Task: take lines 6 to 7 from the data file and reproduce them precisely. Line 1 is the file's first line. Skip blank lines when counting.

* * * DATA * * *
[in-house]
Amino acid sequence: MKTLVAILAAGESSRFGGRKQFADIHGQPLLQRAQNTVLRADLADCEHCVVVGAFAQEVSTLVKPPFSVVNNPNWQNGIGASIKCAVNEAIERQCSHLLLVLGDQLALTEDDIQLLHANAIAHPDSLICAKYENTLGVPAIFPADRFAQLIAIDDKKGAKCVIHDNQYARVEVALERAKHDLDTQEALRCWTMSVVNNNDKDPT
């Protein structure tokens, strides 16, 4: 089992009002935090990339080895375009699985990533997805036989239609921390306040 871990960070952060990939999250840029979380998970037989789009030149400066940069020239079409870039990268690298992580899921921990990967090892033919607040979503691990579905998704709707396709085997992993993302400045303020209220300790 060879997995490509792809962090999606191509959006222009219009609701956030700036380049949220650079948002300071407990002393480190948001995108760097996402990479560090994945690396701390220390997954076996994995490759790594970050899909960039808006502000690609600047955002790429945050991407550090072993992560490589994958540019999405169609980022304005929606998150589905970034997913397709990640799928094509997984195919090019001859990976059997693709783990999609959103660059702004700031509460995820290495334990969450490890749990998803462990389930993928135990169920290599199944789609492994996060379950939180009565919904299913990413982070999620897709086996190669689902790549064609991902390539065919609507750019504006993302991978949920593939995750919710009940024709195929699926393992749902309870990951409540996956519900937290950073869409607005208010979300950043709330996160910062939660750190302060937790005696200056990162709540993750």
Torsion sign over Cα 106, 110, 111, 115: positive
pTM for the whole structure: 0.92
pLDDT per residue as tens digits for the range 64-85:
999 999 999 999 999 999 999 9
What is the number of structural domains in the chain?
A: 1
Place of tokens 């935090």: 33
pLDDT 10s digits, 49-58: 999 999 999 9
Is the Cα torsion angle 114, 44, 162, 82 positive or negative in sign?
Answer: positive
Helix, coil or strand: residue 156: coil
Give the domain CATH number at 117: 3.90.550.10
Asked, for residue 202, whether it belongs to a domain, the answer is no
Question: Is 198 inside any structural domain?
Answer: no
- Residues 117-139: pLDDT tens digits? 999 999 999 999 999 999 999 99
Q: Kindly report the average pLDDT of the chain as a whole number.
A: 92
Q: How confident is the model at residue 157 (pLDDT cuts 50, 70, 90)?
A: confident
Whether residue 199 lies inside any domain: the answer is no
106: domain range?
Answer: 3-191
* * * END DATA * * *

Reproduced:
pLDDT per residue as tens digits for the range 64-85:
999 999 999 999 999 999 999 9